The company is a listed company and the stock price seemed to be unreasonably flat for most of last year. We have a strong product and a great client list so we were obviously a take-over target and I became aware of just how much of a target when I was called into due diligence sessions with potential buyers earlier this year. Finally one offer was accepted and the transaction completed last month.

One immediate outcome of the sale was that all stock options immediately vested and were purchased by the new owners. The day that money was deposited in my account was definitely a Good Day.

On the other hand, the two co-founders (along with the CFO) handed in their resignations as soon as the sale completed. I’ll remain friends with the co-founders for hopefully a long time to come, but I won’t be working for friends any more.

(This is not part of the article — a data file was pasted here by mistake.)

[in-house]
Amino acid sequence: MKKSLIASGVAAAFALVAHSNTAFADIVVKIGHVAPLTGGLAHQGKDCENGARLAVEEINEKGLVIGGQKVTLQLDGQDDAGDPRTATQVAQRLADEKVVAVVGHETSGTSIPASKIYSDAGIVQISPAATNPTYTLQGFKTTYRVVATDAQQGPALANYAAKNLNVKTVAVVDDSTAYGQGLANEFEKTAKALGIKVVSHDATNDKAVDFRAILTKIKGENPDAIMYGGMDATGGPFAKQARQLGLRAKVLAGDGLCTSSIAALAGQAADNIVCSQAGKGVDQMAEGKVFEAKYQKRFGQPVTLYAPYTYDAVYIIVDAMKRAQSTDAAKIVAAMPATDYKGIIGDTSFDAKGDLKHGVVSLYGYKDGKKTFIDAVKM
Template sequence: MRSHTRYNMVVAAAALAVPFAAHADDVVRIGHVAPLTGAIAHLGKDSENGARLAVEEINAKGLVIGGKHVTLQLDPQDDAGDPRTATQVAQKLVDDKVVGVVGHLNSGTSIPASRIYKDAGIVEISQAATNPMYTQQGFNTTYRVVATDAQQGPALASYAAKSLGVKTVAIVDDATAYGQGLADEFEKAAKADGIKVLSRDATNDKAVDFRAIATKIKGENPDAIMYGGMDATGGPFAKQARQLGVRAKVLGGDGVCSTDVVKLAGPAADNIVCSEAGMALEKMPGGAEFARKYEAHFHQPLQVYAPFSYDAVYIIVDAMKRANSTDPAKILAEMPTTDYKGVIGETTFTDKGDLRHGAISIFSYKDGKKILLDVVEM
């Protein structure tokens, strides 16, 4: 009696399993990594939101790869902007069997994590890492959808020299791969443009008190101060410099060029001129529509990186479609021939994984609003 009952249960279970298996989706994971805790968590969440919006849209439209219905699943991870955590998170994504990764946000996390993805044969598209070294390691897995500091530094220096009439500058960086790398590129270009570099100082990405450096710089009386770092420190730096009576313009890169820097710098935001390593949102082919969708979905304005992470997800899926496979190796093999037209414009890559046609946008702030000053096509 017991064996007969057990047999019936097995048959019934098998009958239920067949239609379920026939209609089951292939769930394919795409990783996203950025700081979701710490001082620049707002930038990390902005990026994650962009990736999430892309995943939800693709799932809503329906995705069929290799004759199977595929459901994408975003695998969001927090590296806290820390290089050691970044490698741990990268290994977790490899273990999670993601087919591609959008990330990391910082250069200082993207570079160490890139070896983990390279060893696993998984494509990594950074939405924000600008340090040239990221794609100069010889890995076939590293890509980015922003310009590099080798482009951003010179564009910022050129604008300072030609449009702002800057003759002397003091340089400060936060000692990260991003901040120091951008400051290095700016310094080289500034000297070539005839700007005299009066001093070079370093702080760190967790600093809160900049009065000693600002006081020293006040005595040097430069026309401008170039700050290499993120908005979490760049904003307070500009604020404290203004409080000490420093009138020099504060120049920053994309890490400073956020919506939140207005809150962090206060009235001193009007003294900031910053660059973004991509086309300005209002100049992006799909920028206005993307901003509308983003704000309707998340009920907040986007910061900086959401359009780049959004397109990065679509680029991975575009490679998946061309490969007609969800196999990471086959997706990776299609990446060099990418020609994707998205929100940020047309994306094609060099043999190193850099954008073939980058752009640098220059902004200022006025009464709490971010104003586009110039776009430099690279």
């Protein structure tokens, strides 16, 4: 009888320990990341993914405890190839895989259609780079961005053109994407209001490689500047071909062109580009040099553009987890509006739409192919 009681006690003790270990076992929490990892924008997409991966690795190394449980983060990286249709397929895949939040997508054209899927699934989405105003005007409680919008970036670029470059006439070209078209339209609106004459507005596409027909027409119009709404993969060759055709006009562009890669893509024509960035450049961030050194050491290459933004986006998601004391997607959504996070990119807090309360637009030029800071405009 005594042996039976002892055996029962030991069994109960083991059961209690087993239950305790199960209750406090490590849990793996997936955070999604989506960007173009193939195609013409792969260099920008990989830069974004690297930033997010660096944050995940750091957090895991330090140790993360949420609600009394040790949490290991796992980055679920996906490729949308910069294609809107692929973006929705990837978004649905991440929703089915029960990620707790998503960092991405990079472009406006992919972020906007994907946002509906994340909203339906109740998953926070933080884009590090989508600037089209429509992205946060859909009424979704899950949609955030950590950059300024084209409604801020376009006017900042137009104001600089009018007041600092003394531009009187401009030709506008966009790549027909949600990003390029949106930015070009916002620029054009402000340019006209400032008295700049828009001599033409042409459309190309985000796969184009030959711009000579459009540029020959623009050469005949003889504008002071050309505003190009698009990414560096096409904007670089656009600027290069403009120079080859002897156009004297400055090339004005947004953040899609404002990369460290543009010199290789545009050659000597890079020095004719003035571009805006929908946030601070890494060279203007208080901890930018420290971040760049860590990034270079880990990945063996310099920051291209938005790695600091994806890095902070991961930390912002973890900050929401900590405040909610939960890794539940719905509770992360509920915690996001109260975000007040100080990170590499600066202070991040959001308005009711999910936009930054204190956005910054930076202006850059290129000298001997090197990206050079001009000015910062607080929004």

The new owners have spent the last month asking questions but not providing much information from their end. They have stated that our company will remain a “separate operating company and brand.” They are also intending to make cuts to current operating expenses. I’ve been told that the budget for the department I manage represents 10% of the company’s annual revenue and “that’s too high.”

I don’t know what’s going to happen. The Little Mary Sunshine part of me says that the new owners had zero footprint in Asia until now and that they might view my long career in IT combined with two decades in Asia as a positive for them, maybe even a promotion for me.

Meanwhile, the cynical New Yorker side of me says that … well, I don’t need to go there, do I? I’m sure you can figure it out for yourself.